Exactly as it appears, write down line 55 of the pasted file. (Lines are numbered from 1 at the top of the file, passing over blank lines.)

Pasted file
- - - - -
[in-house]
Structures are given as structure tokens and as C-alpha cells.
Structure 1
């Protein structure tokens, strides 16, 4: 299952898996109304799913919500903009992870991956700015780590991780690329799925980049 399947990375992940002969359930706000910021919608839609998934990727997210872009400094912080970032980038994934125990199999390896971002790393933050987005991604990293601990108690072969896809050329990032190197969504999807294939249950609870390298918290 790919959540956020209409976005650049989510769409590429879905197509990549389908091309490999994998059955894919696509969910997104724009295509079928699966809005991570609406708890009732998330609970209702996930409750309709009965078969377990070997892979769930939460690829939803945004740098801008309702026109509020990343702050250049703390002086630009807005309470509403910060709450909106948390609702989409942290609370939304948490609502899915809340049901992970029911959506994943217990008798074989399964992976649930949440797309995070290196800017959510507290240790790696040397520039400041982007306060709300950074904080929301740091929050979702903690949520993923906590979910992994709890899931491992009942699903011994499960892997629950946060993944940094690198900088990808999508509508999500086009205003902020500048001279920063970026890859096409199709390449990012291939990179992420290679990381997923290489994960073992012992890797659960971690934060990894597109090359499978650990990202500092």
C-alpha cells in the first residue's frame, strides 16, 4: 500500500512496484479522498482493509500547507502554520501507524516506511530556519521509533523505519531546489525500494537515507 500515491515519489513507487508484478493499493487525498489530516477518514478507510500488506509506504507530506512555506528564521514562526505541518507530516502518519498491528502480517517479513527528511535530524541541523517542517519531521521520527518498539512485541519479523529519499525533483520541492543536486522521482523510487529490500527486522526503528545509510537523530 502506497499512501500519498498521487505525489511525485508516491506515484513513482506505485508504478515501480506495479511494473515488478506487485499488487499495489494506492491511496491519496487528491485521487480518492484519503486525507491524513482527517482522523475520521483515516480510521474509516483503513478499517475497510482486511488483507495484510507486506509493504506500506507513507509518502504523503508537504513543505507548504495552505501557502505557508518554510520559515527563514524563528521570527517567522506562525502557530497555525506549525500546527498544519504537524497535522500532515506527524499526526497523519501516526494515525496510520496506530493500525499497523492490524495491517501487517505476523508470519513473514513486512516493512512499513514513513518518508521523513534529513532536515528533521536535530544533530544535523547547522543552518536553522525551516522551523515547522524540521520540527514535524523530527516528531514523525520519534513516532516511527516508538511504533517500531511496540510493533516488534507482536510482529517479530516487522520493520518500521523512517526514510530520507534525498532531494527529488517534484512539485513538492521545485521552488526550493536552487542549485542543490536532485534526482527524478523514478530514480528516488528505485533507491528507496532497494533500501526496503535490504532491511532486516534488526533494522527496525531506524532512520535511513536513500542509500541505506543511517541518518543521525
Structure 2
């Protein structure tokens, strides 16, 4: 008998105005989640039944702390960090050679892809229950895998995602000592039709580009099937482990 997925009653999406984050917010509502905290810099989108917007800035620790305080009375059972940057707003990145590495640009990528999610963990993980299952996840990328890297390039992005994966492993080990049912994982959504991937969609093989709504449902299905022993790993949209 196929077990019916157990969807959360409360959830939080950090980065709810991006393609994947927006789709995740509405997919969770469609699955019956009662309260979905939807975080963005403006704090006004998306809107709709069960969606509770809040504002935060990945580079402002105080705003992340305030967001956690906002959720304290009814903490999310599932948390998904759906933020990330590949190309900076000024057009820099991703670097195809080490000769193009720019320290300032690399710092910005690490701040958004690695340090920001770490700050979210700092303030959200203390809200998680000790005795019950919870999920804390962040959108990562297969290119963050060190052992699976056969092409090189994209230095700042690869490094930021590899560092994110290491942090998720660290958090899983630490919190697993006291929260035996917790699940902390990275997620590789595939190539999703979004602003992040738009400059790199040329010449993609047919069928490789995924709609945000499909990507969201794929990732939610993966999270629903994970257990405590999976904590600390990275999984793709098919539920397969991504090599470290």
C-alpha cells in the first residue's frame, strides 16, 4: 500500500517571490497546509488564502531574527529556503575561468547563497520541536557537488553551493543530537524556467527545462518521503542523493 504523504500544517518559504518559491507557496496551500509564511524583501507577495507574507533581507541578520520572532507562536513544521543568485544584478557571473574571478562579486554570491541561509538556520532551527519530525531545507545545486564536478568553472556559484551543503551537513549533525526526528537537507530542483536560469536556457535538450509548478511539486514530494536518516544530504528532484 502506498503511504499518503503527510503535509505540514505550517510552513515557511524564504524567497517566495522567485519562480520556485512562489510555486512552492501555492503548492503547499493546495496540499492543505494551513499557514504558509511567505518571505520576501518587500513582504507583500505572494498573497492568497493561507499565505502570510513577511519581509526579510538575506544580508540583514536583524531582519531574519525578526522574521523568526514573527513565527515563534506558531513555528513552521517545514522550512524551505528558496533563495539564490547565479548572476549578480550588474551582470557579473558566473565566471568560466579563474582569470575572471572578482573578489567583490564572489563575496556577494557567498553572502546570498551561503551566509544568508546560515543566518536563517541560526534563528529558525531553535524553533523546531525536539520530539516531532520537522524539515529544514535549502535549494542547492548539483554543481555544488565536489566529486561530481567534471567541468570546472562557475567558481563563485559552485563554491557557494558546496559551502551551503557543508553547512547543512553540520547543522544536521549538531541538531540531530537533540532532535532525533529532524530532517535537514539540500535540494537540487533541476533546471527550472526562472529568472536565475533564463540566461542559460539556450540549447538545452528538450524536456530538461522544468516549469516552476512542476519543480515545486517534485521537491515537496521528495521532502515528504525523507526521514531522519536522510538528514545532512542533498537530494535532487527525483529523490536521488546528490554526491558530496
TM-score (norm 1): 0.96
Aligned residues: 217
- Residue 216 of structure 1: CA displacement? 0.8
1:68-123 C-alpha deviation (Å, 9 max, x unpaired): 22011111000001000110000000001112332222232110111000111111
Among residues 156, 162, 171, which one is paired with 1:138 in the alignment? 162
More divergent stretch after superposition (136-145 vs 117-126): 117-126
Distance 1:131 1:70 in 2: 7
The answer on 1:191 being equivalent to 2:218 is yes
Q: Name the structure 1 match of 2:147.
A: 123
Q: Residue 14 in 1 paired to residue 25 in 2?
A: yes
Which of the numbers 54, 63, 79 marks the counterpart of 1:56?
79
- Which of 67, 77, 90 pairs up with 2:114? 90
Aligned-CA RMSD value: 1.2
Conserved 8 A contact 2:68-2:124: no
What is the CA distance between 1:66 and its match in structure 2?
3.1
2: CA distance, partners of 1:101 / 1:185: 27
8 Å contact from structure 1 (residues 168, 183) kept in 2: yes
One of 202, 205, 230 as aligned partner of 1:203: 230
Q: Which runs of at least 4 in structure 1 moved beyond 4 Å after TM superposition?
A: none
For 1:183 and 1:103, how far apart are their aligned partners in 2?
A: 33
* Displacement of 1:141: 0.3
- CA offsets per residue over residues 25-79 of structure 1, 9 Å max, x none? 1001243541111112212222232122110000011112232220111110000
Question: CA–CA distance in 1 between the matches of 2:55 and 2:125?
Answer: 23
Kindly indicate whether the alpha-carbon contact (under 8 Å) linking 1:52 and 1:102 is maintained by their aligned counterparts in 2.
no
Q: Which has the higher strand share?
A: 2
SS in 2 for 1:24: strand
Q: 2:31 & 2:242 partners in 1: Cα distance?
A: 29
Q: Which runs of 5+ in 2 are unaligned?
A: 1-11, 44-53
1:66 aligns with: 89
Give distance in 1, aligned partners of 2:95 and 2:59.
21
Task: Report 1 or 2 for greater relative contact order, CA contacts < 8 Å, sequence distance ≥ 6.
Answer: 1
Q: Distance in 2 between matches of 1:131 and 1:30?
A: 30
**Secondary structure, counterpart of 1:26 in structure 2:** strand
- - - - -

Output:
**Secondary structure, counterpart of 1:26 in structure 2:** strand